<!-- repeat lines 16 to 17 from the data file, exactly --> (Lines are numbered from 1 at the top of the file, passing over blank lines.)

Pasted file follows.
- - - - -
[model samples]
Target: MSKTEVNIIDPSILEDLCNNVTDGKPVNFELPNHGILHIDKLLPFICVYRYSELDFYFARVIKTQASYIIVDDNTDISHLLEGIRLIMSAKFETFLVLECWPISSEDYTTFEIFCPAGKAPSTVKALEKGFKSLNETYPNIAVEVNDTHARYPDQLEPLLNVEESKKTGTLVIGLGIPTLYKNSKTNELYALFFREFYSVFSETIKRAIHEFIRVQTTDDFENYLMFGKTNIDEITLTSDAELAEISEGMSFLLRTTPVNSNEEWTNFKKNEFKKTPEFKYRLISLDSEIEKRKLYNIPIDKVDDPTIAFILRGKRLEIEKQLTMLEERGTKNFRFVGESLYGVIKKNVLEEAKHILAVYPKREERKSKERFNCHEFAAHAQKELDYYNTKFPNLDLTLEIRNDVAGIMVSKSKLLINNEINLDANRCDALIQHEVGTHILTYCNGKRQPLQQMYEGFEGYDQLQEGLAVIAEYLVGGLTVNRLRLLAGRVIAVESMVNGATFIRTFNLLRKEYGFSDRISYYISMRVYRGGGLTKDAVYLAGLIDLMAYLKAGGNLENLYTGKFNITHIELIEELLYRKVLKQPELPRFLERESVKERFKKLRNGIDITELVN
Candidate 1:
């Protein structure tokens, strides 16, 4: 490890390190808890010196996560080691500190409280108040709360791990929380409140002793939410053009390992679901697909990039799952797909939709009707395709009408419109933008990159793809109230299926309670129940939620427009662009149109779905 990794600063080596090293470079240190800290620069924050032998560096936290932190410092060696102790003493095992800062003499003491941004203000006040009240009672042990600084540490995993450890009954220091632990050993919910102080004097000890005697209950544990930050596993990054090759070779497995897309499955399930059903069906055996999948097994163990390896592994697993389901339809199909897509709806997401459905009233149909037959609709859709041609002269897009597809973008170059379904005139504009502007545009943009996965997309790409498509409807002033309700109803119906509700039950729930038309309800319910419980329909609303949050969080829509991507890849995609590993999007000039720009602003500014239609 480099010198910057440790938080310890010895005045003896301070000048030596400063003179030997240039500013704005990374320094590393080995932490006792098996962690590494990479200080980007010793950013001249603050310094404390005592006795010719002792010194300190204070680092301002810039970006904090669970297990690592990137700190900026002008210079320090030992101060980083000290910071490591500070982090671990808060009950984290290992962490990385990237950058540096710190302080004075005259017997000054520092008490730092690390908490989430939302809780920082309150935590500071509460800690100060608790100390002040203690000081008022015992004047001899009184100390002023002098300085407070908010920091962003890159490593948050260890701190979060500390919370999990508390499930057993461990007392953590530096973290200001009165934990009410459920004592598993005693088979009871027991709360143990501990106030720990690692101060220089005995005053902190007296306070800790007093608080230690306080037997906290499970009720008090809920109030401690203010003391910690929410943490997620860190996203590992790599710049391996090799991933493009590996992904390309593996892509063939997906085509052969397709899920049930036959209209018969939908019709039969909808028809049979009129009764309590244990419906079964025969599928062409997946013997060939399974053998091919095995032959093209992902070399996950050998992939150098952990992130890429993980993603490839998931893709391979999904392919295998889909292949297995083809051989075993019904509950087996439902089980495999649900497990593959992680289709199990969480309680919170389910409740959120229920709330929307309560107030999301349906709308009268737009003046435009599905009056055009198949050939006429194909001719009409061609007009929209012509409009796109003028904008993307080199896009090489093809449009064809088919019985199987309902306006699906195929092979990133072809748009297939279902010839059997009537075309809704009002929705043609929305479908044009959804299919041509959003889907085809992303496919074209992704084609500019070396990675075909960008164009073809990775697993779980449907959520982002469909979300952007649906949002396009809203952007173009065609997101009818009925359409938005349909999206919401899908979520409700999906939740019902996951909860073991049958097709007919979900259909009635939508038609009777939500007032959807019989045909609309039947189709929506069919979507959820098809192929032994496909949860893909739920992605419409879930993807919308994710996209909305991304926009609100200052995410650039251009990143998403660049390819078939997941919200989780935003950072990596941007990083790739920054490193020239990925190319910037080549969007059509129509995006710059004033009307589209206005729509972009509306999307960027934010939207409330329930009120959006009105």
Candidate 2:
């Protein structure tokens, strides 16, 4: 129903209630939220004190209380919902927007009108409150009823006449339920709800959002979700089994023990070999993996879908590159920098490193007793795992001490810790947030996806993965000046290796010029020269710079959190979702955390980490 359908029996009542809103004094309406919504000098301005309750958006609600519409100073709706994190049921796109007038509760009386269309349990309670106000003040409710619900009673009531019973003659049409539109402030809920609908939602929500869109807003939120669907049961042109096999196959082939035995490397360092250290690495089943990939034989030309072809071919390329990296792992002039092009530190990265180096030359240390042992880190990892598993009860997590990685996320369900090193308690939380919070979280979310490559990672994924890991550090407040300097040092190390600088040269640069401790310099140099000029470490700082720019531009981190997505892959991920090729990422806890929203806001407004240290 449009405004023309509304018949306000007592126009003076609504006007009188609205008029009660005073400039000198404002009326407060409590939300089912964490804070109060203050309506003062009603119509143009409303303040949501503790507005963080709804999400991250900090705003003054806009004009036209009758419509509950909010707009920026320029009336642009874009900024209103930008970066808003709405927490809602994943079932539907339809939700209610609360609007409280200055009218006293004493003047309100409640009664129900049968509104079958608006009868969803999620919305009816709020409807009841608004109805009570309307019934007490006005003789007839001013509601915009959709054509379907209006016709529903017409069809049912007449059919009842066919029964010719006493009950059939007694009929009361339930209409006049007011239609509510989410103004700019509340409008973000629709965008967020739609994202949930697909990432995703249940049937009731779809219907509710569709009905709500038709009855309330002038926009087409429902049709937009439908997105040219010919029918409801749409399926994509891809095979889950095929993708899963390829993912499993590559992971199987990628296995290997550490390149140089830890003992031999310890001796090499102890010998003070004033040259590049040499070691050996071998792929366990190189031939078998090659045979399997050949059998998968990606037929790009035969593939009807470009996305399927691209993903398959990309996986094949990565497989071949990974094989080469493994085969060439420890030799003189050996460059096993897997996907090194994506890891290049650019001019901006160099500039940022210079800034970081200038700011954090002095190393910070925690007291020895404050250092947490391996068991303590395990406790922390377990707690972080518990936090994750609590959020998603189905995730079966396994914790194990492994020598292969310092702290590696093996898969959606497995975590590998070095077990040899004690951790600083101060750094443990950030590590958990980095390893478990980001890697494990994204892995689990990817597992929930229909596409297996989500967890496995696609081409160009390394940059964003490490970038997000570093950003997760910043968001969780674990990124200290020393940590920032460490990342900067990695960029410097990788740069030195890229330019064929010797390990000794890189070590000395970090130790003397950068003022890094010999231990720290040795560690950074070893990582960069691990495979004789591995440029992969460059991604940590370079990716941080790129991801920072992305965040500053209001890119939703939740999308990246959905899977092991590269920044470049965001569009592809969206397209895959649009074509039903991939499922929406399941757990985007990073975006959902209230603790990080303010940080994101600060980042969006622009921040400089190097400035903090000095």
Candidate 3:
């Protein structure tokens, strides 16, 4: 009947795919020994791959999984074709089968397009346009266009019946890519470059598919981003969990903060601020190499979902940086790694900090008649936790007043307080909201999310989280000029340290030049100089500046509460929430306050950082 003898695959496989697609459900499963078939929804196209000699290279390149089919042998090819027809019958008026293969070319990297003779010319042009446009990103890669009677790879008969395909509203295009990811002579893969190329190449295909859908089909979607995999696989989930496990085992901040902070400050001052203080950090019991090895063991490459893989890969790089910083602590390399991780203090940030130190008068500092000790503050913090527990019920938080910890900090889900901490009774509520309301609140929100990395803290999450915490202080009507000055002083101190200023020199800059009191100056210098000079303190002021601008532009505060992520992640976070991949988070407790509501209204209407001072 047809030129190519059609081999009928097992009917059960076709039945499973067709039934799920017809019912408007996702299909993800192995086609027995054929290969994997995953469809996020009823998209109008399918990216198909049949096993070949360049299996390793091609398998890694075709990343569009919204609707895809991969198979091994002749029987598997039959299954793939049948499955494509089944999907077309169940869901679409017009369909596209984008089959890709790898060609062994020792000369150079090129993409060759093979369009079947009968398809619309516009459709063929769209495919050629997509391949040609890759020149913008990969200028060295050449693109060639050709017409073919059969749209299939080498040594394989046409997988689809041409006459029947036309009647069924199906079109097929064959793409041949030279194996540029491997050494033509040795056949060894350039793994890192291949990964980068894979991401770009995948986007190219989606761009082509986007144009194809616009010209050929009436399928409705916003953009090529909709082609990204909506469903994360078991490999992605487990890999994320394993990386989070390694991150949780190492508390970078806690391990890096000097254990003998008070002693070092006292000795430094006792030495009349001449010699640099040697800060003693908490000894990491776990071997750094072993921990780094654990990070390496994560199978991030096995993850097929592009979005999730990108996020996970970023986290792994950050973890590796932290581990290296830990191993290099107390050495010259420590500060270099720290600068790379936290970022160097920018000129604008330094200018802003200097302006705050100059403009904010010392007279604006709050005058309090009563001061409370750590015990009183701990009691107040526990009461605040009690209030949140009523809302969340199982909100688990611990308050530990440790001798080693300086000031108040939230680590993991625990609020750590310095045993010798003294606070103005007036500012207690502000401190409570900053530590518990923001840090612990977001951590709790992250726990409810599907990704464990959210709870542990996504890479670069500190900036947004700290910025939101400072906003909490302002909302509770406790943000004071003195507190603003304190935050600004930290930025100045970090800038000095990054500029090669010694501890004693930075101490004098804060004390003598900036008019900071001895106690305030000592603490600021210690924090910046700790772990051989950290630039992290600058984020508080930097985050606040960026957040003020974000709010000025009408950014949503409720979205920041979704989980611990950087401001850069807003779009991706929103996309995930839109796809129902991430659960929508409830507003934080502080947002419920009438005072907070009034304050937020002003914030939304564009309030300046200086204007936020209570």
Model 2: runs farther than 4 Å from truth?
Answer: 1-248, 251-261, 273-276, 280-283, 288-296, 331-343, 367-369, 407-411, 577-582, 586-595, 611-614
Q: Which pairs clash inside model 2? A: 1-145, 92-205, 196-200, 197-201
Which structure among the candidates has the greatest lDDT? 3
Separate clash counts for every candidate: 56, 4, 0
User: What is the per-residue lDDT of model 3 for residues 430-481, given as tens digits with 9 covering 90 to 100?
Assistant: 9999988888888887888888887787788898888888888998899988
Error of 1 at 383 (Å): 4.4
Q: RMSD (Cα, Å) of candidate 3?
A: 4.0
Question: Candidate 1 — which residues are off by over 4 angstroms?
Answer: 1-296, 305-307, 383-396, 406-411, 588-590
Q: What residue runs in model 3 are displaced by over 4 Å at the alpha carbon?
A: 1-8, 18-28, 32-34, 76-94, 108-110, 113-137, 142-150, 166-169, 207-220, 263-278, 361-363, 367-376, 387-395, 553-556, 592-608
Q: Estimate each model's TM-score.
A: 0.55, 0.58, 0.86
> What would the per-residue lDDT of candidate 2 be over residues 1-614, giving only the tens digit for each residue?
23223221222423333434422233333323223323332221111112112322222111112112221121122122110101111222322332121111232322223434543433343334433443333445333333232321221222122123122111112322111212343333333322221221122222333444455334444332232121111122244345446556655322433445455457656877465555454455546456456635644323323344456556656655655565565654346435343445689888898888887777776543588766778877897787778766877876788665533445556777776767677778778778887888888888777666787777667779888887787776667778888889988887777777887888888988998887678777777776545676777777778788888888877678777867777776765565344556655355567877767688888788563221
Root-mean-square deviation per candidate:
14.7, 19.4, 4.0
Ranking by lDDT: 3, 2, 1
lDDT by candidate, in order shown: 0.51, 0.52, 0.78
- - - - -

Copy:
Error of 1 at 383 (Å): 4.4
Q: RMSD (Cα, Å) of candidate 3?